Clint works for SHIELD because it’s that or jail, and he meets Coulson, who teaches him that violence isn’t the answer, but Clint thinks he’s lying, because sometimes the question is a gun, and it’s fight or die. Clint always was a survivor in the way that Barney never could be. Barney never broke any bones, Barney never had to learn to keep his mouth shut because Clint was there opening his. The rest of SHIELD doesn’t like him, doesn’t trust him, and he’s not surprised, because he’s Clint Barton, eyes of a hawk and temper of one too, and he puts three other agents in medical before he’s tapped for black ops, partly because he’s dangerous and they need dangerous people in black ops, and partly so Coulson can keep a closer eye on him, takes him on solo missions only. He’s like a pitbull, point him at the enemy and let go of the leash.
In Budapest, they point him at a girl with red hair and a smile that matches his, and she’s fun. They fight and fuck and fight again, and right at the end, he’s standing over her, and she’s bleeding from an arrow to the shoulder, another to the knee, and he has a knife in each hand; she has a gun in hers. She points it at him, and he tenses, but her hand is shaking, and he was always fast.
When she drops the gun and holds out a hand instead, asks him to run away with her, he says yes because he’s never liked Coulson anyway, and his knuckles itch for retribution.
“Can we go to Iowa?”
Thor was born a prince of Asgard. So was his brother, Odin says.
But then they go to Jotunheim, and everything goes wrong. Thor gets banished and Loki changes while he’s gone, becomes Loki Lie-smith instead of Loki Odinson. Except he was never Loki Odinson, not really. Was he? He’s still Thor’s brother, he’s just blue skinned, red eyed, colder than Thor’s ever seen, but he still loves him, wants his brother to come home.
They’re on the Bifrost when it happens, Loki hissing curses and Odin bellowing back, and Thor caught in the middle, just like always. He’s always been the good son, the peacekeeper, ready to rule Asgard one day with Loki by his side, but Loki’s not his brother, he’s Loki Laufeyson, and he could have done it, he could have won, but Odin looks at him with his one remaining eye and tells him he couldn’t. Thor watches his brother change again, watches him fall and screams his name, curses his own, curses his father, and for once, Thor can’t be the good son, the prodigal, the soon to be king.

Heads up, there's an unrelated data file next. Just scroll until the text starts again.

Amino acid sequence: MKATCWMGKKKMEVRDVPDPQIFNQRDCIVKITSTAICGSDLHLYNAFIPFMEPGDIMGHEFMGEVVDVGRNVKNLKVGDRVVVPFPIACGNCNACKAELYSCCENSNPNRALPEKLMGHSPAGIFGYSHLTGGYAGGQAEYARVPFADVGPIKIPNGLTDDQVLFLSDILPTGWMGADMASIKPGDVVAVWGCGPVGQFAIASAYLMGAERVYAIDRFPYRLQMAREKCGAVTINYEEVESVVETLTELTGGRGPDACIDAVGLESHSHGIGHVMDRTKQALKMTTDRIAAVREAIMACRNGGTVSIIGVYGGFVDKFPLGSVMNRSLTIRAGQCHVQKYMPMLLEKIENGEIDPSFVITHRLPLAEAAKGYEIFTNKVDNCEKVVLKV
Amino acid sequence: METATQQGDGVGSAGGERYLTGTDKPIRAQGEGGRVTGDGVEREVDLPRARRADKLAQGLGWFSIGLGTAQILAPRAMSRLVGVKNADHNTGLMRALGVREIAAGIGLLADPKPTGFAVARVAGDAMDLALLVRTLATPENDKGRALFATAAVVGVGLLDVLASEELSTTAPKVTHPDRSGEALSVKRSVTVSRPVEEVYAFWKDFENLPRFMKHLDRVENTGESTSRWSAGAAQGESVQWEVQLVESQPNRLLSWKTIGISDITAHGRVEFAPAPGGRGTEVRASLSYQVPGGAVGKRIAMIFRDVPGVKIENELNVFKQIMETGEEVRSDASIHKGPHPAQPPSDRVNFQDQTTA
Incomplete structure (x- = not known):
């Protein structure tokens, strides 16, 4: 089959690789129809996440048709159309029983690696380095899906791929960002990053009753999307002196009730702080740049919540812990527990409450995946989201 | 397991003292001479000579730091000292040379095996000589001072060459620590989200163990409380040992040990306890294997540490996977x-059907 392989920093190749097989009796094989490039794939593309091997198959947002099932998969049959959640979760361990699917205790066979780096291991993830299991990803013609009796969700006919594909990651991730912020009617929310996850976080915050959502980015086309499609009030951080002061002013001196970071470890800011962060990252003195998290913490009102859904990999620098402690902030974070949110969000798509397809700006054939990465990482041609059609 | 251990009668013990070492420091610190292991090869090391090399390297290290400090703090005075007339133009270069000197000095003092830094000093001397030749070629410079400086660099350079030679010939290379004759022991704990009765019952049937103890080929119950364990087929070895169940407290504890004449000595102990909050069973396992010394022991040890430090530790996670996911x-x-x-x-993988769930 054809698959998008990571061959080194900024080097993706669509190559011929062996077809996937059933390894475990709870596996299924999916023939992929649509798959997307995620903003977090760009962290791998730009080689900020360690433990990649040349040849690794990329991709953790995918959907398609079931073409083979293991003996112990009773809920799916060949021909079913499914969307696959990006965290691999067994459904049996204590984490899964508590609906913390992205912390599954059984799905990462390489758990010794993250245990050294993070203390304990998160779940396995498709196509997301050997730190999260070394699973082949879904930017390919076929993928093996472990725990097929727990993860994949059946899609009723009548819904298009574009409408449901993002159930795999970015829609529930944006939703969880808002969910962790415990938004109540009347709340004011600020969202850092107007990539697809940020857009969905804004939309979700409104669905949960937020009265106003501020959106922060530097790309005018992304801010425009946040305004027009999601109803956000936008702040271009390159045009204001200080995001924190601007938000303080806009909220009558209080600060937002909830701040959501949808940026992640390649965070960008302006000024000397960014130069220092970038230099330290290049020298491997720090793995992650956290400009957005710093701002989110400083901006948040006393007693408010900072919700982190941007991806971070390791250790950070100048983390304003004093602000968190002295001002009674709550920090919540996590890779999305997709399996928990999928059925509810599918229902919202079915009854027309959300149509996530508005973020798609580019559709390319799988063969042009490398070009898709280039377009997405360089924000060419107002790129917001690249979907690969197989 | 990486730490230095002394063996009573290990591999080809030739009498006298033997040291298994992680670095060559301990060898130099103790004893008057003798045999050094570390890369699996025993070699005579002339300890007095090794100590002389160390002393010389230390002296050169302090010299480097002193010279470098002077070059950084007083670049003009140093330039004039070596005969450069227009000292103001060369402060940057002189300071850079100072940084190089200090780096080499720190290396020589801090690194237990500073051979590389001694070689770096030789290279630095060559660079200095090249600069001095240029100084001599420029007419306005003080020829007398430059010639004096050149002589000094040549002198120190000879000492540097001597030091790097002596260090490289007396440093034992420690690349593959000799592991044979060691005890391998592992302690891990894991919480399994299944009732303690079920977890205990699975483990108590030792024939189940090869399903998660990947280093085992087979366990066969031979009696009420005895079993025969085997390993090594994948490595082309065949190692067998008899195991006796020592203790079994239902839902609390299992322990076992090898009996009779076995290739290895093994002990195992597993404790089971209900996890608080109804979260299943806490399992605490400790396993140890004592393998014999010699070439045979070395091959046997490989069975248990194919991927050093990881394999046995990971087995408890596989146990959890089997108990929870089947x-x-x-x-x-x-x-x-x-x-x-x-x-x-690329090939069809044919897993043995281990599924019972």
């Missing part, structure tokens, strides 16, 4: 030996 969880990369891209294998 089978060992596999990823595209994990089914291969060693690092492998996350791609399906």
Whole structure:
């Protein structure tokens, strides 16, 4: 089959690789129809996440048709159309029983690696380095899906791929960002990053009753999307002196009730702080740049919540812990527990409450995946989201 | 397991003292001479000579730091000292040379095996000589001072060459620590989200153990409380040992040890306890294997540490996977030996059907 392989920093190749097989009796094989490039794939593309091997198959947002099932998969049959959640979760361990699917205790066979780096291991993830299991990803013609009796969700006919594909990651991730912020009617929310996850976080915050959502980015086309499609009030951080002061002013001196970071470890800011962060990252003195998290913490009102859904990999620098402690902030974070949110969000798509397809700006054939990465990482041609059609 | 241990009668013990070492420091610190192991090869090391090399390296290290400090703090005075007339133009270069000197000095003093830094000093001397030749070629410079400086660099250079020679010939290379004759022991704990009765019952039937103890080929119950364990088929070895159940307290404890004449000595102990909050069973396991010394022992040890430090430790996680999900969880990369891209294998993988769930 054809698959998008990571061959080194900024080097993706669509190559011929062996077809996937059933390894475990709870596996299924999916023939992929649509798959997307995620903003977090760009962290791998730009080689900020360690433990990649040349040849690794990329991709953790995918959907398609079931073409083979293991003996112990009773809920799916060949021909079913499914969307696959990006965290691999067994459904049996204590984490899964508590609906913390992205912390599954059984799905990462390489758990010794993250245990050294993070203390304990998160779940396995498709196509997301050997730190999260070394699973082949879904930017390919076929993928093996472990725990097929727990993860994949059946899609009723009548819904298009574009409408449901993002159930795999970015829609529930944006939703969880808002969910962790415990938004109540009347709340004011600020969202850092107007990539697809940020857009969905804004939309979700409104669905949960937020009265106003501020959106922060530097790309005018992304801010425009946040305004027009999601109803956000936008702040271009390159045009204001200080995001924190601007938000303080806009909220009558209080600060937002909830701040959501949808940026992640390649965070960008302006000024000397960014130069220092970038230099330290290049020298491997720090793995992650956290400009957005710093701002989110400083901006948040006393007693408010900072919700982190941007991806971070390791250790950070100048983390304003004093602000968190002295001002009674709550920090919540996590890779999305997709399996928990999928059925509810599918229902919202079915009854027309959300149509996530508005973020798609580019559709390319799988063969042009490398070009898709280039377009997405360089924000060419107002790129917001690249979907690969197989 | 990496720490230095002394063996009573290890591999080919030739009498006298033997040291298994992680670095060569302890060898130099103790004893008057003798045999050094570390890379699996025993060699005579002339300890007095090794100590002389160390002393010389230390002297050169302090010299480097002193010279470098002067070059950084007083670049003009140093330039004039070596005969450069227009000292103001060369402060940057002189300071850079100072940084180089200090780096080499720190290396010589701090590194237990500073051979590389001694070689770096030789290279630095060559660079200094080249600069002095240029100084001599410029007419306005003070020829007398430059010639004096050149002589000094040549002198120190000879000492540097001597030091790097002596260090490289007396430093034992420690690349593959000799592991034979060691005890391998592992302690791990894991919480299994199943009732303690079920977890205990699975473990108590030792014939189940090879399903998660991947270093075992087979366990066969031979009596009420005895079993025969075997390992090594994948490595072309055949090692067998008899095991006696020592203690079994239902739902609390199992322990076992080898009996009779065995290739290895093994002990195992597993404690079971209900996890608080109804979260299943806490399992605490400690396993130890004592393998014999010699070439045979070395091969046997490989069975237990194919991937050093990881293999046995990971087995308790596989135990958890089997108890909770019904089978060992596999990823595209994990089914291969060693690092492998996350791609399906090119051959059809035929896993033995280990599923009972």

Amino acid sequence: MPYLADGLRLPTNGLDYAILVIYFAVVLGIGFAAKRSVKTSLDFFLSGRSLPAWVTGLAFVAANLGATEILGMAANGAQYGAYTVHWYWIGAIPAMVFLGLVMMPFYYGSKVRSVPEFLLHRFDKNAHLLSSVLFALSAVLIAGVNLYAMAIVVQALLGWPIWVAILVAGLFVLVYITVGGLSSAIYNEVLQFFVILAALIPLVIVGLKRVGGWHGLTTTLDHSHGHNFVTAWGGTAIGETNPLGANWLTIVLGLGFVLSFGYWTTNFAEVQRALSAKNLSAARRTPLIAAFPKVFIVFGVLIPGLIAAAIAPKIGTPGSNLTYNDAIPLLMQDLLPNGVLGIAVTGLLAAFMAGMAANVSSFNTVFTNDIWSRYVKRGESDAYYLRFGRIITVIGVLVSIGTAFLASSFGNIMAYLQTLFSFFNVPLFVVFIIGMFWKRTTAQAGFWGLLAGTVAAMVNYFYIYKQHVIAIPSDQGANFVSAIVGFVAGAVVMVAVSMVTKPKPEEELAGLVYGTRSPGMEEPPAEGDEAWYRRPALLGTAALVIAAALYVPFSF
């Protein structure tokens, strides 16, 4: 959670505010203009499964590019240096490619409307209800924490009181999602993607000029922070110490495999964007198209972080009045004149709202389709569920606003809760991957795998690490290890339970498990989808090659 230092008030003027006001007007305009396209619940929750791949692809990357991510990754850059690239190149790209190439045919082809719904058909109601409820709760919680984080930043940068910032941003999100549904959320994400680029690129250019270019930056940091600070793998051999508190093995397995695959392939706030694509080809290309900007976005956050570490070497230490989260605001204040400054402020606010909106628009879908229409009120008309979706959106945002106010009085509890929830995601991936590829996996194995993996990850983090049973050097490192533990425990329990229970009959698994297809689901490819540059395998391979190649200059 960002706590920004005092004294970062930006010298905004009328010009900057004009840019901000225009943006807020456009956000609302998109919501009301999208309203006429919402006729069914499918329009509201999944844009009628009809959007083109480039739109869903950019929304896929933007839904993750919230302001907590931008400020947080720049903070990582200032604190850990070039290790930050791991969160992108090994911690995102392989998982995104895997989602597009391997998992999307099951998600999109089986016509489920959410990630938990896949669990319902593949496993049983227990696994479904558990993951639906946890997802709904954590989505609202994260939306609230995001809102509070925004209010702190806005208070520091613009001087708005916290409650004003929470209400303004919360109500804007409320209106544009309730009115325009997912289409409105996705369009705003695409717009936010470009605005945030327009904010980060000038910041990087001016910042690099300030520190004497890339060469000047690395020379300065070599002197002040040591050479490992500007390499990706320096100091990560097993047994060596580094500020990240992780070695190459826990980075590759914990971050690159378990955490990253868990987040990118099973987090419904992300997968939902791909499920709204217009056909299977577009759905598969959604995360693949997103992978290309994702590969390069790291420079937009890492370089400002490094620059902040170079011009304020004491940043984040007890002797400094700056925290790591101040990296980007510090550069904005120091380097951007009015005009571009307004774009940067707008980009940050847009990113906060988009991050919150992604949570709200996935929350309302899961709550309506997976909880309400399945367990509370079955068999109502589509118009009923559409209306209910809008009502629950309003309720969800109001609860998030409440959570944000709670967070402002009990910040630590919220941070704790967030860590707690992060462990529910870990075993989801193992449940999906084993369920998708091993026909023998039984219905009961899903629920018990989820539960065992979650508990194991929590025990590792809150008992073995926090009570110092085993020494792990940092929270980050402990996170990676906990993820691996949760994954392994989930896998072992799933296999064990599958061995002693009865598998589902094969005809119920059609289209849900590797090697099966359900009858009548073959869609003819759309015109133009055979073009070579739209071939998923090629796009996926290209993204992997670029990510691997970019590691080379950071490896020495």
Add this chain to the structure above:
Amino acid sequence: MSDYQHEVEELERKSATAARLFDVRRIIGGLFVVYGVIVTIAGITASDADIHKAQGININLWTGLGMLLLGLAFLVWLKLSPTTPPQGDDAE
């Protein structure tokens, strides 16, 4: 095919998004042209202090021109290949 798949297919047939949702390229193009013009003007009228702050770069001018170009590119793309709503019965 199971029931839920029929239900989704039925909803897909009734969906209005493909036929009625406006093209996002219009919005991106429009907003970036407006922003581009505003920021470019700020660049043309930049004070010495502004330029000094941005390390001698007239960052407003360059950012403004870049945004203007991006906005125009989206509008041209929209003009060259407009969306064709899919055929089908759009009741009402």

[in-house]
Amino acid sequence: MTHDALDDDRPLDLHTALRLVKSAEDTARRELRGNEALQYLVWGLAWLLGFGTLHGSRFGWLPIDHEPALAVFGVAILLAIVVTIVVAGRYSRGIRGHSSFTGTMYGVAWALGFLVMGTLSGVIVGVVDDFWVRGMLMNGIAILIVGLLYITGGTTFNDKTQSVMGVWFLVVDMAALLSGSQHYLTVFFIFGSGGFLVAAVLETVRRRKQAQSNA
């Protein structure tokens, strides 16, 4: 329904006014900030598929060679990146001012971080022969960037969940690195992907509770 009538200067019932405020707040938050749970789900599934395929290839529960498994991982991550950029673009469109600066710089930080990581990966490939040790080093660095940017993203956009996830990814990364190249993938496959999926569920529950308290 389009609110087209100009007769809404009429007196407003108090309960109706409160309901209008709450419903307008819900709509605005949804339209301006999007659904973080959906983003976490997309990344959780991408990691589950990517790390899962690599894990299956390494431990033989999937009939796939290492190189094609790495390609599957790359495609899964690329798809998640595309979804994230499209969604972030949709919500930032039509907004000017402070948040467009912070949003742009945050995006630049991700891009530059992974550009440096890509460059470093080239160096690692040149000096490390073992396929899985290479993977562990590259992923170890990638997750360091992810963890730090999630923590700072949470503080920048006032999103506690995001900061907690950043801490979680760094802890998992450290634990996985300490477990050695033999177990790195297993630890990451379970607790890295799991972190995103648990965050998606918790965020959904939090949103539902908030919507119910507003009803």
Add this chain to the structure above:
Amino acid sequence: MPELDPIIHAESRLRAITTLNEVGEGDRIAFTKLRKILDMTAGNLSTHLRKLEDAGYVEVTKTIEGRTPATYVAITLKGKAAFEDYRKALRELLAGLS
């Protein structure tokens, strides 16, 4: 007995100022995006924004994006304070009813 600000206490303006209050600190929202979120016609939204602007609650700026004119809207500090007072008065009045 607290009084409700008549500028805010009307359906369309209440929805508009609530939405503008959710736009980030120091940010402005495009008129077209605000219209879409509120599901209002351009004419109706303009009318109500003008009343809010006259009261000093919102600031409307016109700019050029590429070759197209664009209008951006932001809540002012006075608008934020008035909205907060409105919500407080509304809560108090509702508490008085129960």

Thor lets go of the Bifrost and follows his brother, to the ends of the world if he must. He’d follow him to Hel, and he just might have to.
“You’re my brother, and you’re all that I need.”
Tony’s really not sure why everyone is so surprised by this. He’s always floated between good and evil; he donates to charity with the profits he gets from building weapons. It was never about being good or evil. It was about what would be the biggest fuck you to Dad. It's so easy to be anonymous in the suit, so easy to turn off Tony Stark and turn on Iron Man, drown out JARVIS with AC/DC, except Tony Stark IS Iron Man, and he can't escape from the arc reactor in his chest.
So in the press conference he denies being Iron Man, and announces his retirement as CEO, and Tony Stark isn't Tony Stark anymore. So now he's disconnected himself from everything, he can be who he wants. And he really wants to blow something up.
When SHIELD eventually catch up to him, and he's almost insulted that they did it so fast, except he let them catch up, really, it's Fury himself, who looks at Tony with his single eye, and tells him that he can keep blowing up buildings, destroying city blocks, working with the scum of the earth, the lowest of the low, but SHIELD will stop him.
Tony laughs, because the only reason that they found him is because he stopped hiding, was sitting in a giant metal doughnut in Florida when Fury rolls up so really, they must be joking, he thinks. They can't possibly be serious.
He flips the faceplate down, swallows his mouthful of doughnut and he's gone, leaving Fury standing in an empty parking lot, and he thinks that they'll never catch him, because he's Tony Stark, and really, that's reason enough to get up in the morning.
"It's not running, it's living to fight another day."